This Week in EPA Science

By Kacey Fitzpatrickresearch_recap_GI_stPatricks

St. Patrick’s Day not enough green for you? Then check out the latest in environmental science from EPA!

High-Throughput Research on Flame Retardants in Zebrafish
EPA researcher Dr. Pamela Noyes recently won the Best Postdoctoral Publication at the 2016 Society of Toxicology Conference for her paper titled, “Advanced morphological – behavioral test platform reveals neurodevelopmental defects in embryonic zebrafish exposed to comprehensive suite of halogenated and organophosphate flame retardants. Dr. Noyes’ study shows that exposure to certain flame retardants is potentially associated with various neurological changes in zebrafish. Read more about her research in the blog One Fish, Two Fish, Test Fish, Control Fish.

Olive Oil and Fish Oil: Possible Protectors against Air Pollution
Ever wondered what’s so healthy about taking fish oil tablets? EPA scientist Dr. Samantha J. Snow is investigating one of the potential benefits. Her recent research looks at how these oils in the diet might change the body’s reaction to exposure to ozone, a common outdoor air pollutant. Read more about her research in the blog Olive Oil and Fish Oil: Possible Protectors against Air Pollution.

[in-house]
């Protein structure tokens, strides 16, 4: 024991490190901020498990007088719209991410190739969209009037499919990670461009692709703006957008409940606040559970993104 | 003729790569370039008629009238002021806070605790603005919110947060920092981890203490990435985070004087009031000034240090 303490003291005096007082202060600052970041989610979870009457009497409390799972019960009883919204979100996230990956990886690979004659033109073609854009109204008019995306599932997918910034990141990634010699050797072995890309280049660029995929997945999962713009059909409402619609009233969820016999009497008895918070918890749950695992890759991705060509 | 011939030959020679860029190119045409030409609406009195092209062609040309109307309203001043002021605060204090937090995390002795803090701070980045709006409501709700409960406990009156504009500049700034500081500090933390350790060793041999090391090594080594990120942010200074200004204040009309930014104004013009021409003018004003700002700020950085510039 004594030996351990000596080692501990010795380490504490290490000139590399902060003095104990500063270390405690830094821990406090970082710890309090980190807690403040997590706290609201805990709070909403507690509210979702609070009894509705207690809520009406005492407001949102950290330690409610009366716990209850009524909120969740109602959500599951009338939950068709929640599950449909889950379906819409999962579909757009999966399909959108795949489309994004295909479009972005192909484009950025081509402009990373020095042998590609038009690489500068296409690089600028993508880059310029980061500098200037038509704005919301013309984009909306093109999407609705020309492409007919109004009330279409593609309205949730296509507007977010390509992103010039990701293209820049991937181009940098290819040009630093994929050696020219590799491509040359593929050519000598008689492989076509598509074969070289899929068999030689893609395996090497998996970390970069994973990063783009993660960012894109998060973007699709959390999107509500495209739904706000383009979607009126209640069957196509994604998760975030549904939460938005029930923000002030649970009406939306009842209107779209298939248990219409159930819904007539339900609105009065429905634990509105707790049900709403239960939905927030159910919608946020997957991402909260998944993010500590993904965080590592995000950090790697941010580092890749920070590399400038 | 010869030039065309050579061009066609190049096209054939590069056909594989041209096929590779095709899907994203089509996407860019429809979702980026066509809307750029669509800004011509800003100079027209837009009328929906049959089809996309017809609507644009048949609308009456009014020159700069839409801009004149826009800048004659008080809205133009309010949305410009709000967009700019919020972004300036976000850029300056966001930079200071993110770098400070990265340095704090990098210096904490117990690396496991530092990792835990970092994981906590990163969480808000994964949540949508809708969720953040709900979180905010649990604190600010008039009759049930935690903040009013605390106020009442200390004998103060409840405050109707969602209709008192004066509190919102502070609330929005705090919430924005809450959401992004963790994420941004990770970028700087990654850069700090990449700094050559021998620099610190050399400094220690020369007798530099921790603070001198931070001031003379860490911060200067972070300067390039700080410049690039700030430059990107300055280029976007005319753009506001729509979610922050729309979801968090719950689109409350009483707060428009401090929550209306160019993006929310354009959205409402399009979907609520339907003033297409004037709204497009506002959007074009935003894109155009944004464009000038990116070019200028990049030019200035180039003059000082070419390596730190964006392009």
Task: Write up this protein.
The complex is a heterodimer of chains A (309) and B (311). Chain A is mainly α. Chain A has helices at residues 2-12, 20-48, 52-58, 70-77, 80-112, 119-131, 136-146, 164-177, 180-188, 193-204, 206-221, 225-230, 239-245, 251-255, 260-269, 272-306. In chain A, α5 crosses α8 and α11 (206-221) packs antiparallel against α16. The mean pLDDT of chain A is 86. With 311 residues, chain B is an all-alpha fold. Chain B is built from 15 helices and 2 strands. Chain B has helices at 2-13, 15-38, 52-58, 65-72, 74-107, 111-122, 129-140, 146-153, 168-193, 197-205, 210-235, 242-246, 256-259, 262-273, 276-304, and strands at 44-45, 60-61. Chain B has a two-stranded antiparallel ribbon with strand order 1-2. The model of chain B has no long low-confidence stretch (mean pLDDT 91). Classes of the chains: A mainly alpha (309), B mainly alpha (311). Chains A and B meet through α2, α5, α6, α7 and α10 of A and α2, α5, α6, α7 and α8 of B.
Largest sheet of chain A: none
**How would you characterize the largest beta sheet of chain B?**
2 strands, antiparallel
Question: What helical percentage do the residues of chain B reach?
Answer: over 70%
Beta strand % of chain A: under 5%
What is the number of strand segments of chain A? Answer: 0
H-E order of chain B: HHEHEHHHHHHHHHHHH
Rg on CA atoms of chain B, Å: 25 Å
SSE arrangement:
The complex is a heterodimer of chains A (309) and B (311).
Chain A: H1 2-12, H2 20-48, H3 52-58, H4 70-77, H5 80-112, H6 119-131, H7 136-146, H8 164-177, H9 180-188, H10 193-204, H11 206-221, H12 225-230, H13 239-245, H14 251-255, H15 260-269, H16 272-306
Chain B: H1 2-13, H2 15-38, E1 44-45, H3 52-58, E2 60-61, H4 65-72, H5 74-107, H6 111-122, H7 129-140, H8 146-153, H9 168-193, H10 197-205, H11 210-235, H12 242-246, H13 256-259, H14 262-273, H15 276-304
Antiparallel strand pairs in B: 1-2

Interviews with EPA’s Thomas Burke
EPA Science Advisor and Deputy Assistant Administrator for the Office of Research and Development, Dr. Thomas Burke, was recently interviewed for the American Thoracic Society’s Research News Quarterly. Dr. Burke also talked to Bloomberg BNA about the role he envisions for public health in environmental decision-making.

Upcoming Events
Interested in what’s happening at EPA this month? Check out the Events to watch for in March blog to learn about a few public meetings and webinars you can attend! You can also read about an upcoming webinar highlighting a research funding opportunity in the blog Integrating Human Health and Well-Being with Ecosystem Services.

About the Author: Kacey Fitzpatrick is a student contractor and writer working with the science communication team in EPA’s Office of Research and Development.


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